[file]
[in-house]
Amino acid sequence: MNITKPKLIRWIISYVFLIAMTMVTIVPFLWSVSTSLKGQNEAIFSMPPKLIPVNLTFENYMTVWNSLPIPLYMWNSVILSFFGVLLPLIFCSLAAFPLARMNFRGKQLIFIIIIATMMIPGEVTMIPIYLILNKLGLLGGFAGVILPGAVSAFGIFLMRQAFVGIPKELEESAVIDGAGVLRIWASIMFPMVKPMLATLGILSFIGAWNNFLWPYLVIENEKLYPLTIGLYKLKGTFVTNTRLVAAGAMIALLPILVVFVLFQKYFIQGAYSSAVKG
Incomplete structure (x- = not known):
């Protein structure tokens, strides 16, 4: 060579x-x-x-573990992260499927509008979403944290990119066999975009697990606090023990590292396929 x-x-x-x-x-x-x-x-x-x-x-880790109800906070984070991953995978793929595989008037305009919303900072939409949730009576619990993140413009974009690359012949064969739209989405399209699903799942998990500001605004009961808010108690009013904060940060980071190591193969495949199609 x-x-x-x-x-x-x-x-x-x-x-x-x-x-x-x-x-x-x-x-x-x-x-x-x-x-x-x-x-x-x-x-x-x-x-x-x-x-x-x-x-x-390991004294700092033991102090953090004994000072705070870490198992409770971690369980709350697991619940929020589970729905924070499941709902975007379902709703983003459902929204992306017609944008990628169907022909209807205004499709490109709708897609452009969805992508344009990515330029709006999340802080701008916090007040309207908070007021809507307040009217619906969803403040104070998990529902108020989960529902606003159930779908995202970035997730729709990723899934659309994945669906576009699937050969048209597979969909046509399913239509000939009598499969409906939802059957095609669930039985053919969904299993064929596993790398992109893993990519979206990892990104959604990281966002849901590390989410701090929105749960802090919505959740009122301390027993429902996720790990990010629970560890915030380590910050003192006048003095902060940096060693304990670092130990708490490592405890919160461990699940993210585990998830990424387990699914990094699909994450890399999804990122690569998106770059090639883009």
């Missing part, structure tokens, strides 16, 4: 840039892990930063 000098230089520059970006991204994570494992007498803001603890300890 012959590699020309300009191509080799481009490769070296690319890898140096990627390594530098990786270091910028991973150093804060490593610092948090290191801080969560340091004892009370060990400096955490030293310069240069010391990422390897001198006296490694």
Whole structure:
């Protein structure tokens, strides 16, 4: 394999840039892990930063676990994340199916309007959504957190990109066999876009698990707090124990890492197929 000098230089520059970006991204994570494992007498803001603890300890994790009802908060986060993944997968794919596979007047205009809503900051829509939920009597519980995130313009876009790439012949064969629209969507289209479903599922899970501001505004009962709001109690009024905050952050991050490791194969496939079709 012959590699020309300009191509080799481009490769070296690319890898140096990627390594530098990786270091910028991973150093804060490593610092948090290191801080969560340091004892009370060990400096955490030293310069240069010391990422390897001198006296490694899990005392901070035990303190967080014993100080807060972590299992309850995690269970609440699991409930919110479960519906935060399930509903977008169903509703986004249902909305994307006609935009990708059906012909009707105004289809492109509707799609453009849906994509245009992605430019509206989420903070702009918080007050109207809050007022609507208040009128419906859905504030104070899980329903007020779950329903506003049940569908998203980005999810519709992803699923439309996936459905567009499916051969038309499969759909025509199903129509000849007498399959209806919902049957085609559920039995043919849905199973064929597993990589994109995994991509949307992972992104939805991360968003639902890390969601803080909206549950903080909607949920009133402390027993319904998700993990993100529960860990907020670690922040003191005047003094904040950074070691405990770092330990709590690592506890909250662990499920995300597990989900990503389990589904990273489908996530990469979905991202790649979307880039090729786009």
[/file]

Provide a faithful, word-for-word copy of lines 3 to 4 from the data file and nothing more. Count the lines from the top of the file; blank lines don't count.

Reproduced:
Incomplete structure (x- = not known):
């Protein structure tokens, strides 16, 4: 060579x-x-x-573990992260499927509008979403944290990119066999975009697990606090023990590292396929 x-x-x-x-x-x-x-x-x-x-x-880790109800906070984070991953995978793929595989008037305009919303900072939409949730009576619990993140413009974009690359012949064969739209989405399209699903799942998990500001605004009961808010108690009013904060940060980071190591193969495949199609 x-x-x-x-x-x-x-x-x-x-x-x-x-x-x-x-x-x-x-x-x-x-x-x-x-x-x-x-x-x-x-x-x-x-x-x-x-x-x-x-x-x-390991004294700092033991102090953090004994000072705070870490198992409770971690369980709350697991619940929020589970729905924070499941709902975007379902709703983003459902929204992306017609944008990628169907022909209807205004499709490109709708897609452009969805992508344009990515330029709006999340802080701008916090007040309207908070007021809507307040009217619906969803403040104070998990529902108020989960529902606003159930779908995202970035997730729709990723899934659309994945669906576009699937050969048209597979969909046509399913239509000939009598499969409906939802059957095609669930039985053919969904299993064929596993790398992109893993990519979206990892990104959604990281966002849901590390989410701090929105749960802090919505959740009122301390027993429902996720790990990010629970560890915030380590910050003192006048003095902060940096060693304990670092130990708490490592405890919160461990699940993210585990998830990424387990699914990094699909994450890399999804990122690569998106770059090639883009």